Starting in 2014, the PPACA will no longer allow insurance plans to deny coverage based on the existence of pre-existing conditions. Additionally, charging higher rates to any individual on the basis of preexisting conditions will be prohibited. Plans must offer comprehensive coverage with an actuarial value of 65 percent of total allowed cost and with out-of-pocket limits no higher than those permitted for high-deductible health plans accompanying health savings accounts.
The individual mandate was intended to counteract the greater risk these individuals pose to insurers by increasing the overall pool of applicants.
Under the PPACA, employer sponsored health insurance plans which provide dependent coverage must now provide said coverage to dependents up to the age of 26. However, companies are not required to offer health care plans with dependent coverage, so they may drop dependent coverage altogether rather than extend it to age 26. The requirement applies regardless of the dependent’s financial situation, marital status, residency, student status, or any combination thereof.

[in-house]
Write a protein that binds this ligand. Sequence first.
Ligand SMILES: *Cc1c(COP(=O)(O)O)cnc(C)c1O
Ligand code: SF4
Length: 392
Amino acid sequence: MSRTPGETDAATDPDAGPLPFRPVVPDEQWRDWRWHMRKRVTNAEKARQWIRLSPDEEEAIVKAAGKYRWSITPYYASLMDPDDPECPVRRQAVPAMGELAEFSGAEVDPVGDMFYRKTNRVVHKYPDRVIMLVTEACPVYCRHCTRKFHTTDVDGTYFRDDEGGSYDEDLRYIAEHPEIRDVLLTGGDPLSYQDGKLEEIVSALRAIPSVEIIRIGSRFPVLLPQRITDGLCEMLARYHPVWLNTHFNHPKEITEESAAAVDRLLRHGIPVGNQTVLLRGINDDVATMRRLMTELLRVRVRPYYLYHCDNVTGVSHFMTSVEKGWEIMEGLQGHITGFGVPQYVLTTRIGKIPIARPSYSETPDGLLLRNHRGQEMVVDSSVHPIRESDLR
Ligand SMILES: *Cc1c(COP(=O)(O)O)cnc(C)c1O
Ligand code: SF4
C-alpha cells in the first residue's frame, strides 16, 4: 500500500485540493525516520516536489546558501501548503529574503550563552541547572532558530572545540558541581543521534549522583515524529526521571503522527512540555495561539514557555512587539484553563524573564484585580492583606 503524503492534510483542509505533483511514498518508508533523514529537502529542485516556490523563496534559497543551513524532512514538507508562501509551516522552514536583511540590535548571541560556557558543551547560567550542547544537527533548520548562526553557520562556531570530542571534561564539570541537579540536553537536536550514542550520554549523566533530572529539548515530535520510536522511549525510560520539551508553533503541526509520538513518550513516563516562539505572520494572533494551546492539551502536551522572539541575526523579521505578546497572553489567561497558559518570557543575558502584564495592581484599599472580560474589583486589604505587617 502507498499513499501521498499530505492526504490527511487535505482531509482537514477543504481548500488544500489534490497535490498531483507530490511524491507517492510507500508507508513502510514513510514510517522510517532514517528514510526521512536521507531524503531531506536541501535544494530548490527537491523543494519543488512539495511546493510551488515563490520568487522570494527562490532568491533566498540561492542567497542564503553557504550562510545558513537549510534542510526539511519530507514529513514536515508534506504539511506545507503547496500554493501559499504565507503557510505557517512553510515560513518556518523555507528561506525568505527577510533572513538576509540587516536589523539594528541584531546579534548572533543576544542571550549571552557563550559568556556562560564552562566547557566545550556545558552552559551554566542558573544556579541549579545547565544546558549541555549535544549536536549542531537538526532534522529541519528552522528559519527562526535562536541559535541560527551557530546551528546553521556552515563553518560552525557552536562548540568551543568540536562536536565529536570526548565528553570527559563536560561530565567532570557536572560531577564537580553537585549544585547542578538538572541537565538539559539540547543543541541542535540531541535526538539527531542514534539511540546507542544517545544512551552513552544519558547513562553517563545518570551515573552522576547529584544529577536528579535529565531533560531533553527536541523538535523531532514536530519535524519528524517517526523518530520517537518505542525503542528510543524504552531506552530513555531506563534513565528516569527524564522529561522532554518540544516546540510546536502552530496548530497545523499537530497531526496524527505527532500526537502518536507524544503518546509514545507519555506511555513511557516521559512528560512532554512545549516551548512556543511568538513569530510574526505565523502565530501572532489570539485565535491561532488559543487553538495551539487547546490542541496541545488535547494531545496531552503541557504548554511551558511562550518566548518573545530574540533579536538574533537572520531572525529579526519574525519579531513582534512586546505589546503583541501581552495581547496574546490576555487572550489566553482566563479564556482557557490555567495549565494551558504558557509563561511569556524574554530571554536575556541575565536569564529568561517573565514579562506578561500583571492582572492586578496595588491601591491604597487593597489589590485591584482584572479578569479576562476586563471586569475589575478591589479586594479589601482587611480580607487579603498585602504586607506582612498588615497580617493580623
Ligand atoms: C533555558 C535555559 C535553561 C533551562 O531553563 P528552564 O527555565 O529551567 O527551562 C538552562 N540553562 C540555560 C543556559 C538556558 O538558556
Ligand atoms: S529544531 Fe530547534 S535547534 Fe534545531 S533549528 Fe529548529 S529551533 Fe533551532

Flexible Spending Accounts
The PPACA places a $2,500 cap on contributions to flexible spending accounts (FSAs). It also prohibits using FSAs on over the counter medication.
Eliminate lifetime and annual dollar maximums on “essential health benefits”
“Essential health benefits” are defined under the PPACA as falling into ten categories: “(1) ambulatory patient services, (2) emergency services (3) hospitalization, (4) maternity and newborn care, (5) mental health and substance use disorder services, including behavioral health treatment, (6) prescription drugs, (7) rehabilitative and habilitative services and devices, (8) laboratory services, (9) preventive and wellness services and chronic disease management, and (10) pediatric services, including oral and vision care.”
Starting in 2014, group health plans may not establish any annual or lifetime dollar limits on any of these services.
Congressional Research Service PPACA Pre-Existing Conditions: http://www.achp.org/themes/ACPH_Main/files/CRS_Preexisting_and_dependent_coverage.pdf
Health Policy Monitor Pre-Existing Condition Coverage Post-Health Reform: http://www.hpm.org/en/Surveys/Johns_Hopkins_Bloomberg_School_of__Publ._H_-_USA/16/Pre-existing_condition_coverage_post-health_reform.html
CMS “Essential Health Benefits”: http://cciio.cms.gov/resources/files/Files2/12162011/essential_health_benefits_bulletin.pdf